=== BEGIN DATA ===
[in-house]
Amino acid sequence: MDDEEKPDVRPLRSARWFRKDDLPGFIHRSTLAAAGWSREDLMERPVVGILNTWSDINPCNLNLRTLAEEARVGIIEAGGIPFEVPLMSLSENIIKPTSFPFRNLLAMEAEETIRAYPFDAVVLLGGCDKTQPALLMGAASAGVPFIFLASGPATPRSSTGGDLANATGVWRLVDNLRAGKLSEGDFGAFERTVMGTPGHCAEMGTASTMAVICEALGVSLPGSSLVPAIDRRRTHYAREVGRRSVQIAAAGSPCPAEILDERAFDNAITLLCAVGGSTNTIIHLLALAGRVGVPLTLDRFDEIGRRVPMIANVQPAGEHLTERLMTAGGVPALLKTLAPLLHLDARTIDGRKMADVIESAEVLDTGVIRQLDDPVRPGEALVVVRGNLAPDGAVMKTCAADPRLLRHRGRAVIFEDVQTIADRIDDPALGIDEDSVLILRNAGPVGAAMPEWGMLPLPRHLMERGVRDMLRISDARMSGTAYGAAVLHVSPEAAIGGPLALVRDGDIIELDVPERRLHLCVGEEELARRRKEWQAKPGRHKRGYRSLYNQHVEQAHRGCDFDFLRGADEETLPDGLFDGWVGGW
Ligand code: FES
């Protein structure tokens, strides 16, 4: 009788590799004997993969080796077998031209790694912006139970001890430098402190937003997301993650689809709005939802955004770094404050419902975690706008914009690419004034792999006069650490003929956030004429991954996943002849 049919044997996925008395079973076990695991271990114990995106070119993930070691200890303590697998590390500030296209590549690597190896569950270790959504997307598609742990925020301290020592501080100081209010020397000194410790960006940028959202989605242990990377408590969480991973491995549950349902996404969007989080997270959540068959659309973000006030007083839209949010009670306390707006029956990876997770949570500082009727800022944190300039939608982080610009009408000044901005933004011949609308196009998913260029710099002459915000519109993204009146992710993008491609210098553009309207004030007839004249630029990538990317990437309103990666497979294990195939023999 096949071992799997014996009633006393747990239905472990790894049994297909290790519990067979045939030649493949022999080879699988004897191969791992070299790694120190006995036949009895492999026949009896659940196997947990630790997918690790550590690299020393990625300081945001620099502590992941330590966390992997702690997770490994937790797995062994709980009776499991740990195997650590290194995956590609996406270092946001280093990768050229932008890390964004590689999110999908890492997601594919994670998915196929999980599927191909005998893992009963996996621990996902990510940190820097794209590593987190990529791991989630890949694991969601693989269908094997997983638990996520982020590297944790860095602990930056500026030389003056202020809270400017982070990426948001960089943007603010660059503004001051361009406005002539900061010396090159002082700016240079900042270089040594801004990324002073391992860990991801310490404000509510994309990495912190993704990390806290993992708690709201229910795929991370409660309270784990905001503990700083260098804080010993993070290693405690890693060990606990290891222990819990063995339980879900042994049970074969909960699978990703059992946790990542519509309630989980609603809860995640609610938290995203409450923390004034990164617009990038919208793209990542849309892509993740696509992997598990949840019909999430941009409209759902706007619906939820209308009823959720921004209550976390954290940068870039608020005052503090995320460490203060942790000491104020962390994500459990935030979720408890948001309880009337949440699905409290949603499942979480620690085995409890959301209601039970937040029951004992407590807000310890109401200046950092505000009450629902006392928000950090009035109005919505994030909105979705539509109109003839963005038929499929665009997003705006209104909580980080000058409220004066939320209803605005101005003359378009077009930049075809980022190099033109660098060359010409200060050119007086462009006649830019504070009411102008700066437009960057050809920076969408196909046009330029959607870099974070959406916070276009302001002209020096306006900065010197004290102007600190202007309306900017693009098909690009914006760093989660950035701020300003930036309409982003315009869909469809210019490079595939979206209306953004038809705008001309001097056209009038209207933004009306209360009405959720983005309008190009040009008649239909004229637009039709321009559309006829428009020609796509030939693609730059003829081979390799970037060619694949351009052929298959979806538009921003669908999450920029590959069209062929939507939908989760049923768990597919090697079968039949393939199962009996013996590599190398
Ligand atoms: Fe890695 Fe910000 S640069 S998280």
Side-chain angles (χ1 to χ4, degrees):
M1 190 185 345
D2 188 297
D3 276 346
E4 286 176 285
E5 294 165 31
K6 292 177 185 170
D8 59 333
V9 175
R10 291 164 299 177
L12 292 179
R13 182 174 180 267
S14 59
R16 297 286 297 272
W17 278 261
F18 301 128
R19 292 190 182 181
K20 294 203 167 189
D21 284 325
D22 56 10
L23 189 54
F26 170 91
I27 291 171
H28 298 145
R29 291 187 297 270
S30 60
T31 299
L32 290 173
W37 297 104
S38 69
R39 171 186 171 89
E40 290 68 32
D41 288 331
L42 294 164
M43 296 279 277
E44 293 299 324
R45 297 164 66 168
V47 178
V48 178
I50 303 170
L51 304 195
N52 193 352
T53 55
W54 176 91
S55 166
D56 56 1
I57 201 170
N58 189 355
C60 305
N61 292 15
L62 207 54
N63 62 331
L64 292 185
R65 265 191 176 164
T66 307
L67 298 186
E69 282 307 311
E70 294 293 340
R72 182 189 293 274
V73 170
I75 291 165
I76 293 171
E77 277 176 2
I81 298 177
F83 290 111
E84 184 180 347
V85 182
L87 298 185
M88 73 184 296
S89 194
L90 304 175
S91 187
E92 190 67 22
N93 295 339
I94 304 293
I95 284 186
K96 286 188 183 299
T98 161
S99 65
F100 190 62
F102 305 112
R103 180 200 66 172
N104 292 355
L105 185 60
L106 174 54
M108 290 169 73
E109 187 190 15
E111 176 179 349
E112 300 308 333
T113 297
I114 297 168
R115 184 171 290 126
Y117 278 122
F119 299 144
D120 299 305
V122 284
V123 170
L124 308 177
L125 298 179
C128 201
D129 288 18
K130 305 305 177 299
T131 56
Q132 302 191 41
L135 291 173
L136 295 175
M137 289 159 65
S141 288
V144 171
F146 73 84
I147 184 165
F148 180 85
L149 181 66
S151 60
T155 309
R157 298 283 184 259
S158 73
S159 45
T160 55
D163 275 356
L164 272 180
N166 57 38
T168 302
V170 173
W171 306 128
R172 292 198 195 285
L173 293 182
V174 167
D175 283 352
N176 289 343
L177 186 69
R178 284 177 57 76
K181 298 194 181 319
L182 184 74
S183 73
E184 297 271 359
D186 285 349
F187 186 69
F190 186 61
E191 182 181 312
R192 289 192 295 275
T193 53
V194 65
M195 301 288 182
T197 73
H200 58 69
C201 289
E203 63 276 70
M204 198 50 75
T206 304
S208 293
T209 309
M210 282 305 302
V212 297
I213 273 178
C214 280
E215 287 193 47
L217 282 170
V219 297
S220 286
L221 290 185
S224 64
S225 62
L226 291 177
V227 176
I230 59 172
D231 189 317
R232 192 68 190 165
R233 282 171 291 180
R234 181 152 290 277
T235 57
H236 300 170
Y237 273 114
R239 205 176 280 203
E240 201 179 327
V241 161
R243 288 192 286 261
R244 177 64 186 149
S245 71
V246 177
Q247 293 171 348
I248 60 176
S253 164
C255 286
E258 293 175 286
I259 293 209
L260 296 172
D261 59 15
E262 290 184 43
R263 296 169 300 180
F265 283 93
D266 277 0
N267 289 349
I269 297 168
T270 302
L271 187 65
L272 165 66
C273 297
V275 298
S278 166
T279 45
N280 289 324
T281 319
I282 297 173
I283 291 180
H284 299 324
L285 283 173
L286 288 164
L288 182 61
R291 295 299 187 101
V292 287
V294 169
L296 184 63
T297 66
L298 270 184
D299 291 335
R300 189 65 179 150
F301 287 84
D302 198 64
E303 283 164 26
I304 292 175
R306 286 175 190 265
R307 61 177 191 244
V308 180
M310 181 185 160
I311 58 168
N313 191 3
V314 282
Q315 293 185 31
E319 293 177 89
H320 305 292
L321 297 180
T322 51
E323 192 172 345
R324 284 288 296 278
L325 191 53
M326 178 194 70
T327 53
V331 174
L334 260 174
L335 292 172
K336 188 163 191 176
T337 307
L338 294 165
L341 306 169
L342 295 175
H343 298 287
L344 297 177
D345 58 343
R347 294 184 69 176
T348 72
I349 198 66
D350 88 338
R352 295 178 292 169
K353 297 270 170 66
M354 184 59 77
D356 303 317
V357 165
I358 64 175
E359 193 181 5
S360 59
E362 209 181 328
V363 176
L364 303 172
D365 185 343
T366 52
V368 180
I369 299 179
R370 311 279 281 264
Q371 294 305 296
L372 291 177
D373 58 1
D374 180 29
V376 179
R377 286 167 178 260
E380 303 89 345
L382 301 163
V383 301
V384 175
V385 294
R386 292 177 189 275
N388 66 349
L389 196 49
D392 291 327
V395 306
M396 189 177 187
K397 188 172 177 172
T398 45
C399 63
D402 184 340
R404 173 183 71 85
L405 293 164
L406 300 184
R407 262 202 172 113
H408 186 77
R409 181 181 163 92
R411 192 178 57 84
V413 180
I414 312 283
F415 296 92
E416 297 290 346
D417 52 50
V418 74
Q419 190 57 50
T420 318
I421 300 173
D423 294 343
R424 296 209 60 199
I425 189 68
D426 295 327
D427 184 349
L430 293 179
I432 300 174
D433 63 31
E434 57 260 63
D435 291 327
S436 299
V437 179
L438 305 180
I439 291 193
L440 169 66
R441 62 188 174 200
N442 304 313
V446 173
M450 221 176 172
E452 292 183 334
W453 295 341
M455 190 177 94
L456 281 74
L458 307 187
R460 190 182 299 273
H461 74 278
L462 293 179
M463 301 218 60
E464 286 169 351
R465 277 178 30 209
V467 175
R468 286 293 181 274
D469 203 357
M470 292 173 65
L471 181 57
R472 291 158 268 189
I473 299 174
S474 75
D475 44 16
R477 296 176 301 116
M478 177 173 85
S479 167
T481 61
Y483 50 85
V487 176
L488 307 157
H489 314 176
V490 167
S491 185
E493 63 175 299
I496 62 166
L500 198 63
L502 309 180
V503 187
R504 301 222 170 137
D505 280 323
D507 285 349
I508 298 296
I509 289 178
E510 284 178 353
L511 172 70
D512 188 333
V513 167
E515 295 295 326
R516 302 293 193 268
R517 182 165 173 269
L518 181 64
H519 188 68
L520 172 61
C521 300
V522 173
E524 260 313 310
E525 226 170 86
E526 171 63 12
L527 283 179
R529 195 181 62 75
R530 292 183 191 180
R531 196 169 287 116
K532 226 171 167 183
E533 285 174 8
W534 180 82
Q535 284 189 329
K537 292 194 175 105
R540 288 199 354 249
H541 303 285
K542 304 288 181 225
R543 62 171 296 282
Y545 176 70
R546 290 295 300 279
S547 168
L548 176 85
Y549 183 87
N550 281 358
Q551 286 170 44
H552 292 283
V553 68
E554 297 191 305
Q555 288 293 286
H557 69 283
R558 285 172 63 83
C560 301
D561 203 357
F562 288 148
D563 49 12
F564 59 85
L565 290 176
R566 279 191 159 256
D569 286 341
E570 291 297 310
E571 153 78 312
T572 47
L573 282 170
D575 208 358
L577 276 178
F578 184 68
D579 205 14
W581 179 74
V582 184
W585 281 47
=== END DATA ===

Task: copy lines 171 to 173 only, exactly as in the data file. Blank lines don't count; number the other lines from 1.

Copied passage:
I230 59 172
D231 189 317
R232 192 68 190 165